An immediate security concern of India vis-a-vis Myanmar is the decades-old instability in India’s northeastern states. To ensure an uninterrupted high level of growth for at least the next three decades, India must strengthen its eastern borders and use the oceans to bring in resources that such a developmental program requires and, at the same time, send out various agro-industrial and technological products to markets abroad. To achieve that, New Delhi faces the challenge of ensuring security.  


India’s northeast has been in turmoil for decades - not only because New Delhi, imbued with British colonial ideology, had formed states based on ethnic identities, preventing integrated co-habitation among all who are Indians and not colonial subjects of one variety or the other - but also because of the uncertainties imposed from outside by a once-rapidly-degenerating Bangladesh. As a result of such shortsighted policies, a number of northeast India’s insurgent groups - such as the National Socialist Council of Nagaland (NSCN), United Liberation Front of Asom (ULFA) and the Manipur rebels, among others - have continued to operate out of bases in the weakly controlled areas across the borders of the Indian states of Manipur and Mizoram; and Myanmar rebels, primarily the Chins and Arakanese, have often taken shelter on the Indian side. This is also the area through which a large amount of drugs and lethal weapons enter India, keeping the insurgent groups in business. The process has criminalized many in India who operate in the northeastern part of the country as well as in the major interior city of Kolkata.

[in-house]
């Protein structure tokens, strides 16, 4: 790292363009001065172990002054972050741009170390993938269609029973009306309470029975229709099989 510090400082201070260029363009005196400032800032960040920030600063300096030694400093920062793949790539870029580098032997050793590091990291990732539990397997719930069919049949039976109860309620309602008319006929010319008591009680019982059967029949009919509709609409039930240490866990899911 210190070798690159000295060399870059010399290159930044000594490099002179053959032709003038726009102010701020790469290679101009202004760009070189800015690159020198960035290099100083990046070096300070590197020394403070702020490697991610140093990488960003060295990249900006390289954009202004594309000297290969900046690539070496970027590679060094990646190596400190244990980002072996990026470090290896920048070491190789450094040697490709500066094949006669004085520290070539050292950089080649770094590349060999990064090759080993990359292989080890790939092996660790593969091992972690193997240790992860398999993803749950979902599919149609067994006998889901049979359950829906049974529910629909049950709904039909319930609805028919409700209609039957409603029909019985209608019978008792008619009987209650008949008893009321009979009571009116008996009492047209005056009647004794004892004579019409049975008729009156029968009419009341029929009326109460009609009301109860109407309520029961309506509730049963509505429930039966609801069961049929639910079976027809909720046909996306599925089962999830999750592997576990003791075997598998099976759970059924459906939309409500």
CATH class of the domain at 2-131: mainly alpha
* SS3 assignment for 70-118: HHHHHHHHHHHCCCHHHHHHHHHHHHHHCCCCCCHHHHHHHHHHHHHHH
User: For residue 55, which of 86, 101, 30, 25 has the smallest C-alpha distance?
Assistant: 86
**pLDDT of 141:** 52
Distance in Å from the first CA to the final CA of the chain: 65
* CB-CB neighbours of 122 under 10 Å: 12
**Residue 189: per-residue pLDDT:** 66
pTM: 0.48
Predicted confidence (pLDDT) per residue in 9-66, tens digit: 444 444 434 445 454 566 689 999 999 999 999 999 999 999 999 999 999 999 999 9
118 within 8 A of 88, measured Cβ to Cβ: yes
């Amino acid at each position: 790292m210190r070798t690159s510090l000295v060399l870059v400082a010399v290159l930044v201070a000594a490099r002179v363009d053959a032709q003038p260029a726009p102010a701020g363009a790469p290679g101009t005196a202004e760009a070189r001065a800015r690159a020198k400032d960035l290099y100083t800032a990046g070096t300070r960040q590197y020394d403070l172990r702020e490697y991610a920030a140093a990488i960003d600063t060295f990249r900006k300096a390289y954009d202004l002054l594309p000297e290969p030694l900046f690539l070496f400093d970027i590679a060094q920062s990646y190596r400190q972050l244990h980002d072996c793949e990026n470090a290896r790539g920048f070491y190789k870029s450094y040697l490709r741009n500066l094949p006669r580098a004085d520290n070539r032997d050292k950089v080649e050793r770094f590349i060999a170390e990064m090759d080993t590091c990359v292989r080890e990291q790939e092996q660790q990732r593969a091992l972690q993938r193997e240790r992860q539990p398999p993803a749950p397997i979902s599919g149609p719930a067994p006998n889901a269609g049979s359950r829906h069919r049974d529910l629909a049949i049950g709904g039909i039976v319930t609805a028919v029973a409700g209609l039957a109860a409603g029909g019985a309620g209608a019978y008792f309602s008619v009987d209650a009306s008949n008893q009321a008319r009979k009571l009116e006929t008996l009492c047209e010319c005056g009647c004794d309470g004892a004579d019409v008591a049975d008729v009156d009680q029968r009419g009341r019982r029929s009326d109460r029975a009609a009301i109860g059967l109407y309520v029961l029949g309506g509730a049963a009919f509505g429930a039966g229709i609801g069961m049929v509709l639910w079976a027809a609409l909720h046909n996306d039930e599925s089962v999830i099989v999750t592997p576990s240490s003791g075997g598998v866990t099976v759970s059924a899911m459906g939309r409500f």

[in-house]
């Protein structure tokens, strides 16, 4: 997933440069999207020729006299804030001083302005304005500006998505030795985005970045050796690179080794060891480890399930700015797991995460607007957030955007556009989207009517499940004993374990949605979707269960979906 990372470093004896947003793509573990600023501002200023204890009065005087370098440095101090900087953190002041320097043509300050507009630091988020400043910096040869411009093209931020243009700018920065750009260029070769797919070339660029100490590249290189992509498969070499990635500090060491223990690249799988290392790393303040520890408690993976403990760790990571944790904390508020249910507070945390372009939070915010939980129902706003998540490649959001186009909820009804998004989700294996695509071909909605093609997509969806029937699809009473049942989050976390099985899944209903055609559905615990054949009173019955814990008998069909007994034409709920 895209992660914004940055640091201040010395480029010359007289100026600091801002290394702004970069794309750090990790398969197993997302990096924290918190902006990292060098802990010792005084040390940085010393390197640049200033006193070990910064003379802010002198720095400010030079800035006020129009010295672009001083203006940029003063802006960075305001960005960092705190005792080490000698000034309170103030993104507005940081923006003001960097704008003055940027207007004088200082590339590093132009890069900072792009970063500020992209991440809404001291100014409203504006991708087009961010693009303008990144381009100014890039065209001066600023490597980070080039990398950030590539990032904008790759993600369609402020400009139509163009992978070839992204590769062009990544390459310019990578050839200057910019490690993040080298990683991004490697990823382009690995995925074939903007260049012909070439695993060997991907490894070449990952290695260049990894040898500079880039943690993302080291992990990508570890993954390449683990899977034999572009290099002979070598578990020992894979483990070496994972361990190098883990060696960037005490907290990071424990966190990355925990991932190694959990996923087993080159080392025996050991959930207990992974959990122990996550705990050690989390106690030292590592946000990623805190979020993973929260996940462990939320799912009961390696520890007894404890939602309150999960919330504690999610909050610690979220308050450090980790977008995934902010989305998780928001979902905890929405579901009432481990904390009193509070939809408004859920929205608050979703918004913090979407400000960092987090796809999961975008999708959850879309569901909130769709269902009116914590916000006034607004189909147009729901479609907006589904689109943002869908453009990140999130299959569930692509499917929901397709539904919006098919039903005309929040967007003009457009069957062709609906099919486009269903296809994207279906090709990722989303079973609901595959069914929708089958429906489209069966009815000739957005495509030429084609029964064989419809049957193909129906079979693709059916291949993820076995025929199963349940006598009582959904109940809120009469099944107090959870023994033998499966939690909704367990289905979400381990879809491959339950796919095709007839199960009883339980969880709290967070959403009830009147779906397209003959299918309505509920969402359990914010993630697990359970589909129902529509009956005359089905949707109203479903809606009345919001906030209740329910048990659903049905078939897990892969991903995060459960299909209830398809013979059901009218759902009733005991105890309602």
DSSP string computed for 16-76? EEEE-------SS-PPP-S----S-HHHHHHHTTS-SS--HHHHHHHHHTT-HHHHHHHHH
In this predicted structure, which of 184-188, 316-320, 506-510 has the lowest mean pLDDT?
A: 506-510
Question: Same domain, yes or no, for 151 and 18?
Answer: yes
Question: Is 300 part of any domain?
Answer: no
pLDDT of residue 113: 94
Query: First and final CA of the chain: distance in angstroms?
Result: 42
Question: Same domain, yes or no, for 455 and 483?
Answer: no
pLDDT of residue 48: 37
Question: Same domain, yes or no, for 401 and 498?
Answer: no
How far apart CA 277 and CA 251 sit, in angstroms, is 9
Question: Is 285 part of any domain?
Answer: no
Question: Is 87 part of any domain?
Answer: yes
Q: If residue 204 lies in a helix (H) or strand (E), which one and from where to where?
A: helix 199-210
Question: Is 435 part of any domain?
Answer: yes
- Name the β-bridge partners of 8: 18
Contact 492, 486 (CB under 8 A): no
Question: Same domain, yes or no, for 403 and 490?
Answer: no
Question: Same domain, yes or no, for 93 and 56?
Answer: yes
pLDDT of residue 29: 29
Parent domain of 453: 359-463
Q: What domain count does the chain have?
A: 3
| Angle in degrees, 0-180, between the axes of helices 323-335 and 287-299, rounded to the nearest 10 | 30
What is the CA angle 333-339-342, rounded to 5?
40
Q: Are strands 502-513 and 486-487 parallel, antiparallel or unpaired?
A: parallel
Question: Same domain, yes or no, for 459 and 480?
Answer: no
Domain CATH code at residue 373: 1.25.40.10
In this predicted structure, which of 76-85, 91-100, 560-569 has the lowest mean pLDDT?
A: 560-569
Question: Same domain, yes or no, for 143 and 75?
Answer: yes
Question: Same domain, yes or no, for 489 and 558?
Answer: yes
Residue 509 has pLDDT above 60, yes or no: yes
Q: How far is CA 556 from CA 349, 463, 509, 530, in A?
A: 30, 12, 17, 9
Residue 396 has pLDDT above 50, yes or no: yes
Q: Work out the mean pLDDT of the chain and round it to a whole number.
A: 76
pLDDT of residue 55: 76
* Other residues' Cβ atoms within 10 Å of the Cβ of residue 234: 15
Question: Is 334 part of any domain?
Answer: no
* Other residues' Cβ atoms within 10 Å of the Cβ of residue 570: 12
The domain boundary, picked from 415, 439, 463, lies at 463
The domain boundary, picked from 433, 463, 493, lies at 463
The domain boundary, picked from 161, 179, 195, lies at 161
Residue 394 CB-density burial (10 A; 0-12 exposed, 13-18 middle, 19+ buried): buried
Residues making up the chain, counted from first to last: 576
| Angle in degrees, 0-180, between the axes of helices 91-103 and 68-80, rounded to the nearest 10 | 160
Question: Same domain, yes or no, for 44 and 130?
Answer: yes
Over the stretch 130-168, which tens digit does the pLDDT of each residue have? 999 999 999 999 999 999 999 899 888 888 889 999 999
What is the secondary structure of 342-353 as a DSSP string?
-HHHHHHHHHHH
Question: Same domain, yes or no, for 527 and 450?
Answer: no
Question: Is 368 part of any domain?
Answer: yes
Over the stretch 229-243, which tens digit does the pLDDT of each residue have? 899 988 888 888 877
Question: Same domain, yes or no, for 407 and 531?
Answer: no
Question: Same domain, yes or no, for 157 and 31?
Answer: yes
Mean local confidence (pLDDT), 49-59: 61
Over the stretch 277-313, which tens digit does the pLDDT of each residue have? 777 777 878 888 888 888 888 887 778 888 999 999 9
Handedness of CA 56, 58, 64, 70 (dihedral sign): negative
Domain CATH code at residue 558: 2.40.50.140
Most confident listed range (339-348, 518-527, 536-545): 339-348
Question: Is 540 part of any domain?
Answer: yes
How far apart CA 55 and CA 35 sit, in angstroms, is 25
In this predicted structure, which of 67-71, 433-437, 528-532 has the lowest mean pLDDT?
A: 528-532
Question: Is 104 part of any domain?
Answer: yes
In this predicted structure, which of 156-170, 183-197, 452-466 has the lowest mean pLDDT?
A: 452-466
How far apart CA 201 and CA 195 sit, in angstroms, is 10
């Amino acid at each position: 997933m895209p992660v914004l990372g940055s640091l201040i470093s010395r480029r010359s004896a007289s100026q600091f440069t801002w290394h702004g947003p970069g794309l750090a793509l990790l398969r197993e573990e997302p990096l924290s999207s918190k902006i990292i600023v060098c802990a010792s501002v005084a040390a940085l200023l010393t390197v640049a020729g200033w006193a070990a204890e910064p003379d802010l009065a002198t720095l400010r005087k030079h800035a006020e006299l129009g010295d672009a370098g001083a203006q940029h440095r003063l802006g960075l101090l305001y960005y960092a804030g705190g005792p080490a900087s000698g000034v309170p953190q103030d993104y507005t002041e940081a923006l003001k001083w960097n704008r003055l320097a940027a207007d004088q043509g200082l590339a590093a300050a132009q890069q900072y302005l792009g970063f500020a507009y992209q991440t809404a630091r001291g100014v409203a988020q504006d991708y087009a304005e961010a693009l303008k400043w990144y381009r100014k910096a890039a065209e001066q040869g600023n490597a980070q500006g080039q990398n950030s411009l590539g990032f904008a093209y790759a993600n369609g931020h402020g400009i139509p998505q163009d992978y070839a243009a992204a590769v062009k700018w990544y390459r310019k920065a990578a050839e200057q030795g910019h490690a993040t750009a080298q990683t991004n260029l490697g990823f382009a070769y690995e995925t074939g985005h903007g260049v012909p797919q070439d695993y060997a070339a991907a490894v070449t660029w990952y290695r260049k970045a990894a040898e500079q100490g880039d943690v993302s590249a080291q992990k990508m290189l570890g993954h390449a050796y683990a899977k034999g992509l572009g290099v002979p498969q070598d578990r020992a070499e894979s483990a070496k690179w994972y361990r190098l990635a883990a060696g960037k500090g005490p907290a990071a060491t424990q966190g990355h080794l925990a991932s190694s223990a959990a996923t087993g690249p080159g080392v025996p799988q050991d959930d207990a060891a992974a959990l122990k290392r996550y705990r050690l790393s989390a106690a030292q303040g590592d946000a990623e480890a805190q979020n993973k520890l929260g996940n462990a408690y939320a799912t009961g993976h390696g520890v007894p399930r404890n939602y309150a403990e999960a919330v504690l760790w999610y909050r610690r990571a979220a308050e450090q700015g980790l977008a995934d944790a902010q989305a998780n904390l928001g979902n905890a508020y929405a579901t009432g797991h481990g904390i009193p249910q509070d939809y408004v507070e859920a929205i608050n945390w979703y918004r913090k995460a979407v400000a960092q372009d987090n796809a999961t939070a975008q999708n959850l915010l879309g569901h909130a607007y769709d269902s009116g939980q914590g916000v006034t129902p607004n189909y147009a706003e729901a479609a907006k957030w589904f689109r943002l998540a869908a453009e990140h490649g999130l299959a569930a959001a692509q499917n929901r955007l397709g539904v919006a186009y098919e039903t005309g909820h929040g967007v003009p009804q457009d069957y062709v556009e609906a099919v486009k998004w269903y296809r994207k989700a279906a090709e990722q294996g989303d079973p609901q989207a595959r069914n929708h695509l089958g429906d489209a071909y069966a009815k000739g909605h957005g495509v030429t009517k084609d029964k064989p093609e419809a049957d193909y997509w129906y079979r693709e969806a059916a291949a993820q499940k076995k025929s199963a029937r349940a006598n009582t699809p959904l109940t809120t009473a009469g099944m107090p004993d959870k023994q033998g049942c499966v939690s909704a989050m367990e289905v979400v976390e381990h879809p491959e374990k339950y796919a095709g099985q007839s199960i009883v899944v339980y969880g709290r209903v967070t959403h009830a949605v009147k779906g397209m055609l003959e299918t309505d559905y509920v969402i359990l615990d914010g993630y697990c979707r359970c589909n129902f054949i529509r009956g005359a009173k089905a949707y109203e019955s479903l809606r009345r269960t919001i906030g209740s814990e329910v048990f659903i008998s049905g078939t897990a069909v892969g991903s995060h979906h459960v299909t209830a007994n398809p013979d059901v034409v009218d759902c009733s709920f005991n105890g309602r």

To improve connectivity with Myanmar, India has taken up a number of road and port construction projects. India has constructed the 160-km Tamu-Kalewa-Kalemyo road in Myanmar from the Manipur border. New Delhi is also assisting in the proposed trilateral highway project to connect Moreh in Manipur to Mae Sot in Thailand via Bagan in Myanmar. India’s Kaladan multimodal transit transport facility is aimed at improving linkage between Indian ports on the eastern seaboard and Sittwe port in Myanmar. This would enable transportation by river and road to Mizoram, providing an alternate route for transport of goods to northeast India. A proposal to build a rail link from Jiribaum in Assam to Hanoi in Vietnam through Myanmar is also on the cards.